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    Even if there are only really two possible answers, either "Yes" or "No", are there any objective criteria by which voters can judge which of those two answers is correct, other than their personal opinion on the subject? If not, that's the essence of a bad POB question. A question can be primarily opinion based without also being too broad. – 1006a Oct 10 '17 at 4:28
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    "[...] that all seemed to interpret the goal of the OP the same way [...]" So why not keep the question on hold and give the OP the chance to clarify whether this interpretation was correct or not? – Anne Daunted GoFundMonica Oct 10 '17 at 6:55
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    @NVZ: this question and the accepted answer states that: "here's my tale of woe; what do I do now?" are too broad and opinion-based on many sites, especially here.. I'm sorry, but the question in question does read to me like exactly that, and that's why the 'Should I' in this context makes the question opinion based. – Tinkeringbell Oct 10 '17 at 8:11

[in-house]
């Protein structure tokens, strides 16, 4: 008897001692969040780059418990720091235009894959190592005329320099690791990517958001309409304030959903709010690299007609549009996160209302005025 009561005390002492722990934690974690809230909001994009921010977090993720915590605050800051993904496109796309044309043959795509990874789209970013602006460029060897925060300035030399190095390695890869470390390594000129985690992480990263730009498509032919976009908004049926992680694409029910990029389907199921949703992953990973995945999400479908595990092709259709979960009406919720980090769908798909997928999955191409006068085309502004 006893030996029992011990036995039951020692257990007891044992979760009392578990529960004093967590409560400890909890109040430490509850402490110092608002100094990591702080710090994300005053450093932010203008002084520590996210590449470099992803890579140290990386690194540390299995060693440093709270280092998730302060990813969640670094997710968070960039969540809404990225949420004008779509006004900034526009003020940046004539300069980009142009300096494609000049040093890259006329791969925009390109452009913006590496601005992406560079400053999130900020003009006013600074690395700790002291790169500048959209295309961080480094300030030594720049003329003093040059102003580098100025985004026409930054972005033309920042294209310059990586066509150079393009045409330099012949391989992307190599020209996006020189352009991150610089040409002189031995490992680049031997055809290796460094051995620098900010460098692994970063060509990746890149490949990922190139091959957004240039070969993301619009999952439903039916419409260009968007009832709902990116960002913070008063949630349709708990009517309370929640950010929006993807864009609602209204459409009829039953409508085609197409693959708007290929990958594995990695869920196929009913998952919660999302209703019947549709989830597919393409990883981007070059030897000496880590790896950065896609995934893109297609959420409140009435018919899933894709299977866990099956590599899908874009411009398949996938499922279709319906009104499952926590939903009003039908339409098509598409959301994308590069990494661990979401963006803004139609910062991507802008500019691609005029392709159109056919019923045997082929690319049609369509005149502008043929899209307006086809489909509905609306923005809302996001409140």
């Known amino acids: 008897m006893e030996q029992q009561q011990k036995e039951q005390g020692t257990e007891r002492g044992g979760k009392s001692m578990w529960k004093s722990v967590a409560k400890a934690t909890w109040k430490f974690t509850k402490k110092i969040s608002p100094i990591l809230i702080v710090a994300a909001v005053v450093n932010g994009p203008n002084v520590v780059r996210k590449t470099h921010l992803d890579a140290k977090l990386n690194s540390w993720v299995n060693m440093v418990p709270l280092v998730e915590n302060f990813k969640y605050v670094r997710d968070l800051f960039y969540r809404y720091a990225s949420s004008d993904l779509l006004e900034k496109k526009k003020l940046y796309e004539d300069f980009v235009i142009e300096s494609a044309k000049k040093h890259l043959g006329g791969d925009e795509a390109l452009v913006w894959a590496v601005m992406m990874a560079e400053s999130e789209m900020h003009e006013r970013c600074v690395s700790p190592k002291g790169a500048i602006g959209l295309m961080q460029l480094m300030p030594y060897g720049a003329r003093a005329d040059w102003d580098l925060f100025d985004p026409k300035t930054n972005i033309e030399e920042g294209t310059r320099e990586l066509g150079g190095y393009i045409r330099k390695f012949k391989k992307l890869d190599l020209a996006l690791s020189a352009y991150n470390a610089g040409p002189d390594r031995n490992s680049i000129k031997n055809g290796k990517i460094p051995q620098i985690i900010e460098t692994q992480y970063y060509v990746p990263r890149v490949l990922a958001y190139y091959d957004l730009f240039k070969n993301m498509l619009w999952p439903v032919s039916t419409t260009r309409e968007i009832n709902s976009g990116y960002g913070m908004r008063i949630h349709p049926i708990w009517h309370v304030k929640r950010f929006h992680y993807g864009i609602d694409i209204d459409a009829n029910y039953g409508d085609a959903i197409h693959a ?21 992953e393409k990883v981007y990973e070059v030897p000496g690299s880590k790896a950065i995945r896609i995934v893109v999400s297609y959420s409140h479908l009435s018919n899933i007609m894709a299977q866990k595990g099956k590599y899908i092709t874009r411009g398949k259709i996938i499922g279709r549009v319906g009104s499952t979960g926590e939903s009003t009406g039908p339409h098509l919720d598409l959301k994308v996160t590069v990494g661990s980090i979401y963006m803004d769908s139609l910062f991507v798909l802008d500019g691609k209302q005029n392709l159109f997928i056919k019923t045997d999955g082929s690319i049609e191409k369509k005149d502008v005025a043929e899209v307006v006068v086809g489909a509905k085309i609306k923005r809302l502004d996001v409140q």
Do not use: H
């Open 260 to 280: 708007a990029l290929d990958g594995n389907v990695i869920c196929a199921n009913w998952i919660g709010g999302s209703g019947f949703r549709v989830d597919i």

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    Even more, they key point I'm seeing is, we aren't discussing if it actually is clear or not. Everyone agrees it is unclear. As even those counter arguing the close. Start with "what's being asked seems clear enough to draw good answers" or "Should I? can be answered with go ahead, and here's why or no, and here's why." Where as a "Should I" in that current state tends to be opinion based aswell. Yeah we all probably get OP's intend but we can't be sure. And I as aspie have trouble understanding why such rules should have border cases depending on interpretation. – dhein Oct 10 '17 at 10:00